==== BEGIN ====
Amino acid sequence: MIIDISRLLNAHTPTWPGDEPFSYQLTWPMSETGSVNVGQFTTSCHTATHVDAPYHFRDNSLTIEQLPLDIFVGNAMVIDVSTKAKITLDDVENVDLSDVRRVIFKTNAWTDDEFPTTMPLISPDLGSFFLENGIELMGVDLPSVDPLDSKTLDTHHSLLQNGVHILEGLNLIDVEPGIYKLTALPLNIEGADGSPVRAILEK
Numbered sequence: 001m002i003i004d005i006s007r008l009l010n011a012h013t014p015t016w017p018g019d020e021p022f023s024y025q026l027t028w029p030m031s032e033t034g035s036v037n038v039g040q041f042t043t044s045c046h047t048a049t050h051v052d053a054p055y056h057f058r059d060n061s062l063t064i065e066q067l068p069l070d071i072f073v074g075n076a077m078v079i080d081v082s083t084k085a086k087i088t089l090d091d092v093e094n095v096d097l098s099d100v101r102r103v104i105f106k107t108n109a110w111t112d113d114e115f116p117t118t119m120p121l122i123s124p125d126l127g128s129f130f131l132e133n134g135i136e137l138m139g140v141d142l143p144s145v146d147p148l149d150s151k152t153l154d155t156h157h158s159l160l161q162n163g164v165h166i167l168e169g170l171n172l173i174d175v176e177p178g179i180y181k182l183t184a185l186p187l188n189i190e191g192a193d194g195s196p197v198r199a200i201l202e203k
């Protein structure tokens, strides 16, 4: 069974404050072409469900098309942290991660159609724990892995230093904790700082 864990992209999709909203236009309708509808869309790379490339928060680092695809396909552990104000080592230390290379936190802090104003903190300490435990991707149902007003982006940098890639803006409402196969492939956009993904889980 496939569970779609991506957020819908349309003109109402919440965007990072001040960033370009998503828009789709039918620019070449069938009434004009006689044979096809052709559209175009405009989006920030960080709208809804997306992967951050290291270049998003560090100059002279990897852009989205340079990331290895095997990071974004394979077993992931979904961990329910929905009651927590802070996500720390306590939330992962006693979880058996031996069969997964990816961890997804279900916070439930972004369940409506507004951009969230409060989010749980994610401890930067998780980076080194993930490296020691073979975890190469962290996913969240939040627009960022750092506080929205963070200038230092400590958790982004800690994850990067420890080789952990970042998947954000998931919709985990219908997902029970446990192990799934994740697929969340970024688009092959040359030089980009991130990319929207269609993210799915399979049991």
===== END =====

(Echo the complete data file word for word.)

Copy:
Amino acid sequence: MIIDISRLLNAHTPTWPGDEPFSYQLTWPMSETGSVNVGQFTTSCHTATHVDAPYHFRDNSLTIEQLPLDIFVGNAMVIDVSTKAKITLDDVENVDLSDVRRVIFKTNAWTDDEFPTTMPLISPDLGSFFLENGIELMGVDLPSVDPLDSKTLDTHHSLLQNGVHILEGLNLIDVEPGIYKLTALPLNIEGADGSPVRAILEK
Numbered sequence: 001m002i003i004d005i006s007r008l009l010n011a012h013t014p015t016w017p018g019d020e021p022f023s024y025q026l027t028w029p030m031s032e033t034g035s036v037n038v039g040q041f042t043t044s045c046h047t048a049t050h051v052d053a054p055y056h057f058r059d060n061s062l063t064i065e066q067l068p069l070d071i072f073v074g075n076a077m078v079i080d081v082s083t084k085a086k087i088t089l090d091d092v093e094n095v096d097l098s099d100v101r102r103v104i105f106k107t108n109a110w111t112d113d114e115f116p117t118t119m120p121l122i123s124p125d126l127g128s129f130f131l132e133n134g135i136e137l138m139g140v141d142l143p144s145v146d147p148l149d150s151k152t153l154d155t156h157h158s159l160l161q162n163g164v165h166i167l168e169g170l171n172l173i174d175v176e177p178g179i180y181k182l183t184a185l186p187l188n189i190e191g192a193d194g195s196p197v198r199a200i201l202e203k
């Protein structure tokens, strides 16, 4: 069974404050072409469900098309942290991660159609724990892995230093904790700082 864990992209999709909203236009309708509808869309790379490339928060680092695809396909552990104000080592230390290379936190802090104003903190300490435990991707149902007003982006940098890639803006409402196969492939956009993904889980 496939569970779609991506957020819908349309003109109402919440965007990072001040960033370009998503828009789709039918620019070449069938009434004009006689044979096809052709559209175009405009989006920030960080709208809804997306992967951050290291270049998003560090100059002279990897852009989205340079990331290895095997990071974004394979077993992931979904961990329910929905009651927590802070996500720390306590939330992962006693979880058996031996069969997964990816961890997804279900916070439930972004369940409506507004951009969230409060989010749980994610401890930067998780980076080194993930490296020691073979975890190469962290996913969240939040627009960022750092506080929205963070200038230092400590958790982004800690994850990067420890080789952990970042998947954000998931919709985990219908997902029970446990192990799934994740697929969340970024688009092959040359030089980009991130990319929207269609993210799915399979049991």